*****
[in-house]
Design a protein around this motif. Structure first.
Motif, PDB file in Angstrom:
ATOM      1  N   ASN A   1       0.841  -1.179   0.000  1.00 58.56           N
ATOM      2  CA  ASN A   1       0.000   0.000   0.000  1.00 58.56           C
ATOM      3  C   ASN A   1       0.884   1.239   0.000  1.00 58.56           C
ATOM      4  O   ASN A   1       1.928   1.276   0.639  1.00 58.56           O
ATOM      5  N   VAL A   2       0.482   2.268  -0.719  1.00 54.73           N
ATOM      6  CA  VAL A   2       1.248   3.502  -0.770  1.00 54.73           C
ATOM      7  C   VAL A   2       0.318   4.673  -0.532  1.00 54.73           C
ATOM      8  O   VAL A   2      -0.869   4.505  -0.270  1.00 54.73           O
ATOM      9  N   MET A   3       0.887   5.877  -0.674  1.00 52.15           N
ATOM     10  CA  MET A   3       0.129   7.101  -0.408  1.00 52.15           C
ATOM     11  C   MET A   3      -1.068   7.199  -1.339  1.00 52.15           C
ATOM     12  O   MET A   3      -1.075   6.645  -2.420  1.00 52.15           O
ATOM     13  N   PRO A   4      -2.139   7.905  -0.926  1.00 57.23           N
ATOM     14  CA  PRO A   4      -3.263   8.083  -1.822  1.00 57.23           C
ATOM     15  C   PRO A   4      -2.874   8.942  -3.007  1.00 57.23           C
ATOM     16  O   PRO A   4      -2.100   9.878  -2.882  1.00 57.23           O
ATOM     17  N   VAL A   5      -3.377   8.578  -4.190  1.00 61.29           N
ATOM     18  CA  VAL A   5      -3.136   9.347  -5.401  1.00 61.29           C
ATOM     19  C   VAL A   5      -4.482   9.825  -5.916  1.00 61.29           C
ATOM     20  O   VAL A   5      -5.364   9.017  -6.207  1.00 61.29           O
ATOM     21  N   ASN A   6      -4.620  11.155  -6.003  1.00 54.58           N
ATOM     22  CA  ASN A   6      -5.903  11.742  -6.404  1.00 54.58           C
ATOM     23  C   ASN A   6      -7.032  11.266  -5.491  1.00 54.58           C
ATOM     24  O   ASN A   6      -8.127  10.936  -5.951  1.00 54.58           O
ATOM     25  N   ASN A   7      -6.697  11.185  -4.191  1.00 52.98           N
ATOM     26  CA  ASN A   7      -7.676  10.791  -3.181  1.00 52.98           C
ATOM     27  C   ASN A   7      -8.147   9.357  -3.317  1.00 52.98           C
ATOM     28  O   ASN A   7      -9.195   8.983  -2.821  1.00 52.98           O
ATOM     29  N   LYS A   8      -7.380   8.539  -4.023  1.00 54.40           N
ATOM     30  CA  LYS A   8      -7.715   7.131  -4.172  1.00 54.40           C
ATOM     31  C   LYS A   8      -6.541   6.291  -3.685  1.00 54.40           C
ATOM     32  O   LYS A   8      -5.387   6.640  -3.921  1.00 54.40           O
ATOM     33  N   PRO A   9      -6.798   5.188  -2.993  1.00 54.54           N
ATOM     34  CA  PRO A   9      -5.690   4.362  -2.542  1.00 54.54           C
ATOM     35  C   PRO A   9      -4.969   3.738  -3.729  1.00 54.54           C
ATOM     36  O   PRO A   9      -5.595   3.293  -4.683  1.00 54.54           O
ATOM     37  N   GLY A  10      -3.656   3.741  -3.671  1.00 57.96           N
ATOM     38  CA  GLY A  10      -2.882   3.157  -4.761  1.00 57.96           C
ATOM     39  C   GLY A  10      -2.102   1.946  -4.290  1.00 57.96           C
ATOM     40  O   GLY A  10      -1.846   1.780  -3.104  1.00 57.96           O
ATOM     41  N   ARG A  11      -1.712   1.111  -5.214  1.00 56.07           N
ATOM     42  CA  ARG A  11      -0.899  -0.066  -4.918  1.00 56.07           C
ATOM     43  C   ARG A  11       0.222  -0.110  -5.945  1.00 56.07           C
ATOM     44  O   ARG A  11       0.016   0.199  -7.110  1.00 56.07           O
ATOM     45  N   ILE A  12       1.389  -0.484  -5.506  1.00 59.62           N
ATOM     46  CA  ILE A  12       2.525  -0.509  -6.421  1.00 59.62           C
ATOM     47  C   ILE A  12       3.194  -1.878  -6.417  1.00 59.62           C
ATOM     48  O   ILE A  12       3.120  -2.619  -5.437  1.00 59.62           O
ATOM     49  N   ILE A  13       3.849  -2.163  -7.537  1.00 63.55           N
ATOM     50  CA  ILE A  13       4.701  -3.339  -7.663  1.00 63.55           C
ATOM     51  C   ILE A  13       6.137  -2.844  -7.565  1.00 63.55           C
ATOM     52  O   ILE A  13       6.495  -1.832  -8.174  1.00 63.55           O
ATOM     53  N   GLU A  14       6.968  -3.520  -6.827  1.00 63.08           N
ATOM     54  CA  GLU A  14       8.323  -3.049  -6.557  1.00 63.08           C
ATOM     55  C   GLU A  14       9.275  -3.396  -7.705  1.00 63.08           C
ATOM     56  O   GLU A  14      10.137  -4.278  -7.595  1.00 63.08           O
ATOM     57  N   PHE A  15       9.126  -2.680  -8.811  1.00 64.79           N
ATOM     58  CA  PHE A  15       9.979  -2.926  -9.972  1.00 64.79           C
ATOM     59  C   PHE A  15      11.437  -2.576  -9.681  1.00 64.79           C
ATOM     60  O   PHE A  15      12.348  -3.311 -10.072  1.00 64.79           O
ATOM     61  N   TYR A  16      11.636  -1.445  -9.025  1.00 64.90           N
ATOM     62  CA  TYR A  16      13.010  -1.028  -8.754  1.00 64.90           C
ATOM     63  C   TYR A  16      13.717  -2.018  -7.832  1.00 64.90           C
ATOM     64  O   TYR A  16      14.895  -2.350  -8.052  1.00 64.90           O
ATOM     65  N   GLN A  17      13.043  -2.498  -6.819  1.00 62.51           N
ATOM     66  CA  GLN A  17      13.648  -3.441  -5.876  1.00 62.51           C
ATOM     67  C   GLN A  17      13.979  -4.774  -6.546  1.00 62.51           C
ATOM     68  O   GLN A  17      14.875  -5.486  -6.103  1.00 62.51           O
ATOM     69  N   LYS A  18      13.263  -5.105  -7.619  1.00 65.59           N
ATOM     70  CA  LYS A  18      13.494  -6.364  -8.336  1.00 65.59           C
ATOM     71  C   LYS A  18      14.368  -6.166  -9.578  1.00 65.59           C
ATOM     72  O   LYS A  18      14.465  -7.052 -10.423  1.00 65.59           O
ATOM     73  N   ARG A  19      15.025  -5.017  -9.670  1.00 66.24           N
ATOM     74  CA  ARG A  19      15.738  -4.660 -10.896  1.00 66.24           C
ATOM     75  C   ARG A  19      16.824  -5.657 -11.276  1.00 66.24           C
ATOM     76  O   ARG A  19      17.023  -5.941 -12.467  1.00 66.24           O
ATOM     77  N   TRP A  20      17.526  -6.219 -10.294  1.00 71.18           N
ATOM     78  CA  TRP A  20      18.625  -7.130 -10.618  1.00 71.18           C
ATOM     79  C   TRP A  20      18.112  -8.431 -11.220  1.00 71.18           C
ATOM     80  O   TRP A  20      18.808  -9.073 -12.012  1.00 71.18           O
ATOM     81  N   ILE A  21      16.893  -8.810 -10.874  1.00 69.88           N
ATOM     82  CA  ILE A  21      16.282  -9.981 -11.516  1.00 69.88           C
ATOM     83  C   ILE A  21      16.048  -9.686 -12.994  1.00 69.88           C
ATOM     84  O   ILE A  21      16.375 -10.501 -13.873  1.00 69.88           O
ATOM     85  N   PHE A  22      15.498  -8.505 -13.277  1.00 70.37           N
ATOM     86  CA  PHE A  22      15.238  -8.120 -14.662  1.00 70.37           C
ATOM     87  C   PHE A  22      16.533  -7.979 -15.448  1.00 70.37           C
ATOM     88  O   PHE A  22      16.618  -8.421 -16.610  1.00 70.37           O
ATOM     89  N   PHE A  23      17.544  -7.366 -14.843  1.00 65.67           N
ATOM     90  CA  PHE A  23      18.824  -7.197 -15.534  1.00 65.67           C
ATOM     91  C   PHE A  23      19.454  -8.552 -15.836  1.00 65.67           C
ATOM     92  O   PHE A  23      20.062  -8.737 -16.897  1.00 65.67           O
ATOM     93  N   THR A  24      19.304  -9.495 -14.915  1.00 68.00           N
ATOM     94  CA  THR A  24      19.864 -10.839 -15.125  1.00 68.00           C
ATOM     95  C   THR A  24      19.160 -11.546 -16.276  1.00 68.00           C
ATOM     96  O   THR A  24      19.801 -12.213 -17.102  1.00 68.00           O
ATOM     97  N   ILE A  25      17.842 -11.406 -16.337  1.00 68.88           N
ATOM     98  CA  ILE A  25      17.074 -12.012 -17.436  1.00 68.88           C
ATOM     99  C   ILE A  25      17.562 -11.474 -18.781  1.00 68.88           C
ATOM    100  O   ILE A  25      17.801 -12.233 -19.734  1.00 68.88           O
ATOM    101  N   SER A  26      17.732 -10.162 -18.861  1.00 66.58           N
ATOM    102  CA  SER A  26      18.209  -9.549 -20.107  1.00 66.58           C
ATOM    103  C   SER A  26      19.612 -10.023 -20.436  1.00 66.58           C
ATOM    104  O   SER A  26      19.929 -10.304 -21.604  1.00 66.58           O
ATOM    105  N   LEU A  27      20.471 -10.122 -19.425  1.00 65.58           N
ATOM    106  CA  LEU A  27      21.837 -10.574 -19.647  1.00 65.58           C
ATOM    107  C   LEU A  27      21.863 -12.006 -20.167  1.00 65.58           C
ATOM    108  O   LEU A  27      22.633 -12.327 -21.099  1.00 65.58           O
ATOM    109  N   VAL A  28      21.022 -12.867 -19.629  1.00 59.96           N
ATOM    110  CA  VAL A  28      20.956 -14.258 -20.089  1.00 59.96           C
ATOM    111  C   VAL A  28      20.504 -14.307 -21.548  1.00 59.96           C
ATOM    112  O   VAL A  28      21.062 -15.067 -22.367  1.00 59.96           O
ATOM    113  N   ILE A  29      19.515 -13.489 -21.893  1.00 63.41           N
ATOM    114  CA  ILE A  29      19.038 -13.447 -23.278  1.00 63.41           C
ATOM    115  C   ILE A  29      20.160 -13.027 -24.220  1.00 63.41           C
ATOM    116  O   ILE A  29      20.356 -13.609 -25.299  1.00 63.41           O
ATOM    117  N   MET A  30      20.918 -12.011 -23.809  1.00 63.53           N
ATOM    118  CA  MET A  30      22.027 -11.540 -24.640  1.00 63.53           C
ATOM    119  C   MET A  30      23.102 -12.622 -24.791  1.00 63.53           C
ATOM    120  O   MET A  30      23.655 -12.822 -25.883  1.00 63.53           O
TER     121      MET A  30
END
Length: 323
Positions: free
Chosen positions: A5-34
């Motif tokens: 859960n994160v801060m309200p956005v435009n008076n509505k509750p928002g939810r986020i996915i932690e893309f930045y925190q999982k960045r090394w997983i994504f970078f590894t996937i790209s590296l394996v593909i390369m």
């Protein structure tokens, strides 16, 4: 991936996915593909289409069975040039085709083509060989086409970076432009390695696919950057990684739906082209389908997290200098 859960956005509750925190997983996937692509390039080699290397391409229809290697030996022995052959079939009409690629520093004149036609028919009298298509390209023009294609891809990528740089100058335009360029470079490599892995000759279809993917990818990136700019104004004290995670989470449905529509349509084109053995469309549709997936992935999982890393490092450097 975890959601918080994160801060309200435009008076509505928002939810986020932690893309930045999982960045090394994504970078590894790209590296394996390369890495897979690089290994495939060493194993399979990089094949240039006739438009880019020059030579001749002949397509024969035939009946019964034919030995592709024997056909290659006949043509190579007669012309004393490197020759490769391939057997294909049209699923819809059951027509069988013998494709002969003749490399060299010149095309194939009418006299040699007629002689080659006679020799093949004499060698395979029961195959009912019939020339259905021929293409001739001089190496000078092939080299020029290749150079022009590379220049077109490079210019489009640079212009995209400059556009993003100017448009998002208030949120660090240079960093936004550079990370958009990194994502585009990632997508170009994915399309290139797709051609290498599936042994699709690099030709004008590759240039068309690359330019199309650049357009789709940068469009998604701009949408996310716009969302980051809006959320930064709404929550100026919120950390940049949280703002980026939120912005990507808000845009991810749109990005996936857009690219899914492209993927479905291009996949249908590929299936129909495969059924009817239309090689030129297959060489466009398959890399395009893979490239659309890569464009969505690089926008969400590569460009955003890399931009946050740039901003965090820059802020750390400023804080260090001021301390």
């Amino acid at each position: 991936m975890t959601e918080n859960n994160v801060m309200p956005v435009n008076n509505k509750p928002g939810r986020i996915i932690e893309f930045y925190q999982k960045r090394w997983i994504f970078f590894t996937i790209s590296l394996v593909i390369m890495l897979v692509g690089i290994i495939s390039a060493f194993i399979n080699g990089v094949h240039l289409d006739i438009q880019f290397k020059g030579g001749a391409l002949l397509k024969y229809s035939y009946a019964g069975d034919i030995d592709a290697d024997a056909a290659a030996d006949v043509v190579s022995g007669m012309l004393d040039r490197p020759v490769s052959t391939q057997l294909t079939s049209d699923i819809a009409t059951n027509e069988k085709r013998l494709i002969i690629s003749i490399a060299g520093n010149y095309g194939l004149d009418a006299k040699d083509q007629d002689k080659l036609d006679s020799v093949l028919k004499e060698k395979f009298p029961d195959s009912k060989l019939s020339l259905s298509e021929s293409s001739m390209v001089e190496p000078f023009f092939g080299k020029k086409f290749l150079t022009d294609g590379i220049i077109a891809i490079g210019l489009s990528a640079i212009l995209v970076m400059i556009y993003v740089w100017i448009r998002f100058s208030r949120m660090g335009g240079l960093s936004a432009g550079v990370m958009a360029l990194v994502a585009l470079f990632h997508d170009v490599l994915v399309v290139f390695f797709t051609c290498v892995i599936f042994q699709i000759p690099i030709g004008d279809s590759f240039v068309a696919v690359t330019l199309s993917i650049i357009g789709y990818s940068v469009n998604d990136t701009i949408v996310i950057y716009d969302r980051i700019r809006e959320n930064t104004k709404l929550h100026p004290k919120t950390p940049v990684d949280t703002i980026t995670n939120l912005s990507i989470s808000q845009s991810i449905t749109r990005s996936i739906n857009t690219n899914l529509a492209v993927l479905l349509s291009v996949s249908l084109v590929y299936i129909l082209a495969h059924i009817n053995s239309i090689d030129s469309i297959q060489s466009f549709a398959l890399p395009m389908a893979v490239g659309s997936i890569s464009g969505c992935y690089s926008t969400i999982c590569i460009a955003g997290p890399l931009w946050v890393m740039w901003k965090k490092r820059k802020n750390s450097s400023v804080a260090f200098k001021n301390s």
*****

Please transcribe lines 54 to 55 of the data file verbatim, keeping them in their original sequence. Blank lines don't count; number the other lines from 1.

ATOM     51  C   ILE A  13       6.137  -2.844  -7.565  1.00 63.55           C
ATOM     52  O   ILE A  13       6.495  -1.832  -8.174  1.00 63.55           O